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9 Bombshells Ralph Barsi and Jacco van der Kooij Dropped at the Post-Rainmaker ABSD Workshop

6 min read
Mar. 10, 2016

The dust had just begun to settle at the end of Rainmaker 2016, the largest sales development conference in the world. Some rushed to the airport, others back to the office. But there were a few who just couldn’t get enough — they were hungry for more.

To satisfy this hunger, Ralph Barsi and Jacco van der Kooij led a tactical workshop for those champion attendees. The topic: Account Based Sales Development — diving deep into the people, the process, and the technology behind the model.

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Attendees walked away from the workshop with a ton of ABSD action items. Here are nine bombshells Ralph and Jacco dropped at the event:

1. Rule #1: Get Executive Buy-In

It’s near impossible to be successful with sales development if there’s not C-Level buy-in. Without buy-in, sales leaders skeptically create a process, but with the overarching fear that immenent failure will be detrimental to their role (and ultimately, the entire department). Fear is the antithesis of the unconventional, which is often the key to success.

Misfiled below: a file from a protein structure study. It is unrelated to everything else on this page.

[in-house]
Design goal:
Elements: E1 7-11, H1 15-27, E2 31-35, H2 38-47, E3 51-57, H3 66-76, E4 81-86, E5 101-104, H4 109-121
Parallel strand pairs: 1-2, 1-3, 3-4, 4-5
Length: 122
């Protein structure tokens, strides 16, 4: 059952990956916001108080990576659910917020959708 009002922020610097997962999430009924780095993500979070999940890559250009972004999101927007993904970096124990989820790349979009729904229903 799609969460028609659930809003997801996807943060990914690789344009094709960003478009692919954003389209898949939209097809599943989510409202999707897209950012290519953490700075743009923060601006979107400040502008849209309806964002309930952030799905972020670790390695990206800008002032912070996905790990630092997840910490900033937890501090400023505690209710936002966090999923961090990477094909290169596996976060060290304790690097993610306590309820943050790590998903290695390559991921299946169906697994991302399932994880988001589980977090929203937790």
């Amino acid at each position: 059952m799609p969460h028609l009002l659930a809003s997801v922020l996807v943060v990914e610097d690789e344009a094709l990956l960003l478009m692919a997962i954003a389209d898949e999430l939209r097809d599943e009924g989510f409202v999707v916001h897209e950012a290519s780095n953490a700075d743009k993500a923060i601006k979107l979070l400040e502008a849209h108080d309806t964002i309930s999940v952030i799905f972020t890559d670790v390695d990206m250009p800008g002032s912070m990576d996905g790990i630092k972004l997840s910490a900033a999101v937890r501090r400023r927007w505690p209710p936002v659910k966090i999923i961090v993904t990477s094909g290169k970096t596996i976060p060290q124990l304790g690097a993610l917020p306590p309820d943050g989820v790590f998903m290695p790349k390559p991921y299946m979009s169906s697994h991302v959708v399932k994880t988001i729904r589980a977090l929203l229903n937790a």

Takeaway: Use data and reason to demonstrate the value of specialized roles within the customer acquisition machine. More revenue takes more opportunities. More opportunities takes more leads. And more leads come from targeted and intentional prospecting.

2. Remember Process Before Tools